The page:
Hotel Stari Grad

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Hotel Stari Grad

Date of travel

June, 2019

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The “Stari Grad”: is a small hotel, and one of only two in Jajce, a town in central Bosnia and Herzegovina. We stayed for one night on our journey between Sarajevo and Mostar. Our room 202, was on the second floor, and there was no lift, but the stairs were shallow and wide.

We had a large L-shaped living room with three-seater sofa and combined footstool, long coffee table, single bed, desk and chair and TV all in dark wood.

The bedroom had a large double bed with windows on two sides letting in lots of light. There was a trouser press/ironing board, iron and wall mounted TV.

Compared to the spacious room, the bathroom was tiny. There was a basin, loo and capsule shower cabinet which afforded little room for movement, but at least the wall-mounted hairdryer was next to the mirror and powerful. The major downside was there was no space at all for toiletries, not even a small shelf.

The town of Jajce is where a meeting in November 1943 resulted in some of the most important decisions for the construction of Yugoslavia. This included declaring the country a federal republic in which all nations were considered equal. As this meeting was attended by Tito, it was probably no surprise that the walls in the lounge were adorned with three large photos of him and above the bed, was a large framed official document. Complimentary Wi-Fi was available and there was a well-stocked mini bar, but no safe or tea and coffee making facilities.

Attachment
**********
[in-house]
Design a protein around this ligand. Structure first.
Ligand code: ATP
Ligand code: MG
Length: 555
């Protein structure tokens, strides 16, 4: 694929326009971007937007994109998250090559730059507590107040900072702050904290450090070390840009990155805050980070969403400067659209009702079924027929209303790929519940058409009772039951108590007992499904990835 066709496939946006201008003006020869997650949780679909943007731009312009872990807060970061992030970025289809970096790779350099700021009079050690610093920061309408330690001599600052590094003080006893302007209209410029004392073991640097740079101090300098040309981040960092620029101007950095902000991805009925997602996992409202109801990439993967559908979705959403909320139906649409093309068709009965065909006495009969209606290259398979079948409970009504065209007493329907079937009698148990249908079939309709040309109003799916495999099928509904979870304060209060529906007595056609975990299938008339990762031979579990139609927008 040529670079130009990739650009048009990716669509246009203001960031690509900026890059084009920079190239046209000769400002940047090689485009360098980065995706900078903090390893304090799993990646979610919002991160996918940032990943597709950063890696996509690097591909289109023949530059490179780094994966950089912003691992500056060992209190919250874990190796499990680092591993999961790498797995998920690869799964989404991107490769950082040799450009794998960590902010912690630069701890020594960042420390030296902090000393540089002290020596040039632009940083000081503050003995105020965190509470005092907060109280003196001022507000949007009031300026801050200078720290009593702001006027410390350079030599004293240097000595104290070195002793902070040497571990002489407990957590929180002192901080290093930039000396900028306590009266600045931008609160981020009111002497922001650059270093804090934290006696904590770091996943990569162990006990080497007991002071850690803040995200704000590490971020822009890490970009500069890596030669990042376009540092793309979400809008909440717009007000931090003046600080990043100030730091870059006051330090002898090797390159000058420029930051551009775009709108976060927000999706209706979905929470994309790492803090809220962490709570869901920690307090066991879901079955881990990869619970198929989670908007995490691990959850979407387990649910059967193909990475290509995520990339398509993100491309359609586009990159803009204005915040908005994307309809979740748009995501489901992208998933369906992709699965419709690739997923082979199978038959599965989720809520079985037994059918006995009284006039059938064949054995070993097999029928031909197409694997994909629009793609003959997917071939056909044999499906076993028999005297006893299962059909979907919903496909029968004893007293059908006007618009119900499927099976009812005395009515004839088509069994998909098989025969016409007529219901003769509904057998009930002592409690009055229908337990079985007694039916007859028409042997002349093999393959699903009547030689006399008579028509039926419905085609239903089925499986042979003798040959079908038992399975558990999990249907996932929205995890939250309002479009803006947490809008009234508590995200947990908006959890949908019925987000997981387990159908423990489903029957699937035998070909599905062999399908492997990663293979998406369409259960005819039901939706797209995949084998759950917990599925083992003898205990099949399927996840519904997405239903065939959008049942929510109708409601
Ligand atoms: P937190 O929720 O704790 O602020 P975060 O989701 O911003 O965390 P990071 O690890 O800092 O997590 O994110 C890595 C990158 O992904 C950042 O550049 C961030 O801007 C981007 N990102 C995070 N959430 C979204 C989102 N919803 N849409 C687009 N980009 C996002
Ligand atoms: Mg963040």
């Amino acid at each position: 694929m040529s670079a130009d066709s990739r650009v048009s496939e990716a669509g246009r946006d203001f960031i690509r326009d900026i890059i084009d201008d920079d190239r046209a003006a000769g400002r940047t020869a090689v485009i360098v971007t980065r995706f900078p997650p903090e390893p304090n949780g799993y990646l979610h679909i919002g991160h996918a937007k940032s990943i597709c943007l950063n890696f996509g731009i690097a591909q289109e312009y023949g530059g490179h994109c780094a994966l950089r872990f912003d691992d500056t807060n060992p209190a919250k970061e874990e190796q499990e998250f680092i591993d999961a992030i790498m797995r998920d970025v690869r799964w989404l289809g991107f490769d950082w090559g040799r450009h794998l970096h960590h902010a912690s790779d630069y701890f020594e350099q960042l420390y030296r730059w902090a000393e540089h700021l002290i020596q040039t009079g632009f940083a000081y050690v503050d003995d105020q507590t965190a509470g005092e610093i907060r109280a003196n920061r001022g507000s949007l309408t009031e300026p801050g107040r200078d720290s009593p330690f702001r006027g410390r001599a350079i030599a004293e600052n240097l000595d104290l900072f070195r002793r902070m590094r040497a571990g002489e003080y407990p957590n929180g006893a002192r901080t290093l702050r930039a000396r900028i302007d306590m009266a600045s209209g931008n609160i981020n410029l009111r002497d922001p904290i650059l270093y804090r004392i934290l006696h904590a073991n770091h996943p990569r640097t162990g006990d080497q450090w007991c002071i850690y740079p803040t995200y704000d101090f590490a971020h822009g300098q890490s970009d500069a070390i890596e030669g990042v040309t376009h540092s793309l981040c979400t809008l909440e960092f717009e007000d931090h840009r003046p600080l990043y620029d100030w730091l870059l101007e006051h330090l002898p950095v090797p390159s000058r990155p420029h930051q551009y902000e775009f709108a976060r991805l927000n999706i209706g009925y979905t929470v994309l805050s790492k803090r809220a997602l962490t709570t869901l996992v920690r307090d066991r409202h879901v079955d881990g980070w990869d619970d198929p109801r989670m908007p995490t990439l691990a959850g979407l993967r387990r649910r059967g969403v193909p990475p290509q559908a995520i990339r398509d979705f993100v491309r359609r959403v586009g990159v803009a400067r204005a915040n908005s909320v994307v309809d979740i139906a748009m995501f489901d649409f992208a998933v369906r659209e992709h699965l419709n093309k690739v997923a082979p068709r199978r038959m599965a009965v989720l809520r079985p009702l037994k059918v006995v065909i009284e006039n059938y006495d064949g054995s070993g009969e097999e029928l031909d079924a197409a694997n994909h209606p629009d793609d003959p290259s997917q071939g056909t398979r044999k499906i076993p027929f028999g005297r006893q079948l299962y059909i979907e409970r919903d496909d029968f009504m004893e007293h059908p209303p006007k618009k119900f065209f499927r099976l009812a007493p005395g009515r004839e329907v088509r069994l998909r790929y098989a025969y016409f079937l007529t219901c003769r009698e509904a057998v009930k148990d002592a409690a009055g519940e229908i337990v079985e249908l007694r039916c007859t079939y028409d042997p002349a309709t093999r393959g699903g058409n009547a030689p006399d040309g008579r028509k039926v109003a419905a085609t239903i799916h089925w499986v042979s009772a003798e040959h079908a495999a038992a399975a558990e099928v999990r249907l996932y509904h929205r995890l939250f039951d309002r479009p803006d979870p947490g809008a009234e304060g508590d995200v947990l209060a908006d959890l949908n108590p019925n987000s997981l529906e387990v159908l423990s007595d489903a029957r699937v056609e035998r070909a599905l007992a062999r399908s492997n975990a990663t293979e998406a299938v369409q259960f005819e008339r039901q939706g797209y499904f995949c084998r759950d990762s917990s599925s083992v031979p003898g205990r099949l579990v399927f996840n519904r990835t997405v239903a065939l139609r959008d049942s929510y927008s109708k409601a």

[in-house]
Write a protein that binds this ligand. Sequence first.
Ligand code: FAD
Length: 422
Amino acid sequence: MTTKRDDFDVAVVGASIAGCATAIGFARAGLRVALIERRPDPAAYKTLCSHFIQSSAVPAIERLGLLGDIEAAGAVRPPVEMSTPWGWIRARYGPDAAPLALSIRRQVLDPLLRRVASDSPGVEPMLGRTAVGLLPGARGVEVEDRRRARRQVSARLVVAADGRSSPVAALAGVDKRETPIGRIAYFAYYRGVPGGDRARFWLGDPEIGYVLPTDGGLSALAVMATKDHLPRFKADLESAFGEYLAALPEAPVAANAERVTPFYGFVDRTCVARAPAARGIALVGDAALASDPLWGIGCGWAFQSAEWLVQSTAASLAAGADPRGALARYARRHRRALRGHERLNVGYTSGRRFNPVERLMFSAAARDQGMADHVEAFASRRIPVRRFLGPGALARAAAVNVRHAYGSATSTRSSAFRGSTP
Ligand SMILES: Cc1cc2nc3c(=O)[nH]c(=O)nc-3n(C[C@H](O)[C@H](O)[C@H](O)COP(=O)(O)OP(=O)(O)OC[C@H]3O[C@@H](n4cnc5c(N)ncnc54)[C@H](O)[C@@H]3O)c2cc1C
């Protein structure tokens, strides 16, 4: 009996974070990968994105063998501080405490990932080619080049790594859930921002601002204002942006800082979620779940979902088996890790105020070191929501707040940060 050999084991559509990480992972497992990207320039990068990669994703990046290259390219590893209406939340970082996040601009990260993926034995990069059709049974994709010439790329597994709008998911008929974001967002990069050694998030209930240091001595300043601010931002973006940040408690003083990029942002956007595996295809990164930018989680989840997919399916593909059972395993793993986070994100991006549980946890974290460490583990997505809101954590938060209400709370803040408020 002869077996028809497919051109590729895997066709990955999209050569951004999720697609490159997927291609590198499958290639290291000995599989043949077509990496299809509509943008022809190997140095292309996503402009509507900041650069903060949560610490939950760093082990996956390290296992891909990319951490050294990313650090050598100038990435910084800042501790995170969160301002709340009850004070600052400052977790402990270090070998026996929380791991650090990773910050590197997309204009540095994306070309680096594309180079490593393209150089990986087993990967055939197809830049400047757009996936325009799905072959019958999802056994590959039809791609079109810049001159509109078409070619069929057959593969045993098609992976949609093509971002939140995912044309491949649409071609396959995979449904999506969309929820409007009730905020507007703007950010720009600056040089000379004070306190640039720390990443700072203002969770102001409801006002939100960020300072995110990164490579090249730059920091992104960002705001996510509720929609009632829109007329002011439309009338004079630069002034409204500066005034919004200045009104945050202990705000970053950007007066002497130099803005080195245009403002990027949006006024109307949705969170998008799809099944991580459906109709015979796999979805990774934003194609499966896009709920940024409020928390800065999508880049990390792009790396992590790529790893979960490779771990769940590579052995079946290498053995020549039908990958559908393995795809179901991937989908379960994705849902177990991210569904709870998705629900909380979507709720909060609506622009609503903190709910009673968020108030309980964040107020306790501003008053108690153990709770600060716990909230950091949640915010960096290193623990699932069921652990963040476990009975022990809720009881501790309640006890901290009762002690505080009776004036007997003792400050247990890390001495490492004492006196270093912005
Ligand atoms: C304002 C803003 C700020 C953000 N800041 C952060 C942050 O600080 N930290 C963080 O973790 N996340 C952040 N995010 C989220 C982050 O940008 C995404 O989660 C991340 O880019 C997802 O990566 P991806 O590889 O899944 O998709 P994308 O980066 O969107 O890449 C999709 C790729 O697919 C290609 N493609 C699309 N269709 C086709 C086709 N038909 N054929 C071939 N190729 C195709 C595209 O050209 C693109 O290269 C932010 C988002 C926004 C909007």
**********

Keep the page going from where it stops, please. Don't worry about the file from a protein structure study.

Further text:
We ate in the hotel restaurant/bar/reception area, as the guidebook said, ‘the food and service are top quality’ and under the restaurant listing it proclaimed, ‘this is the place to spice it up whilst in Jajce’. The menu had a good selection of starters, soups, salads, pasta dishes and grills. I chose a simple spaghetti bolognaise and sopska salata (cucumber, tomato and grated cheese) with Roy opting for a veal escalope, teleci odrezak sa zari which came with chips, rice and sauerkraut. This, with a generous basket of thick bread and a bottle of wine came to 50 Marks (£22). The service was excellent and very friendly. A hammam had been discovered some years ago underneath the restaurant floor, and now much of the floor is glass and I found it rather disconcerting sitting on it.

Breakfast from 7am to 10am was a simple buffet with orange juice, three types of cereal including muesli, plain yoghurt, ham, cheese and bread. Fried eggs or omelettes could be ordered, but after four days of overwhelming breakfasts at the “Ada Hotel”: in Sarajevo, we were pleased to concentrate on a more straightforward option.

The hotel has parking and is opposite a mosque, so the call to prayer can affect light sleepers.

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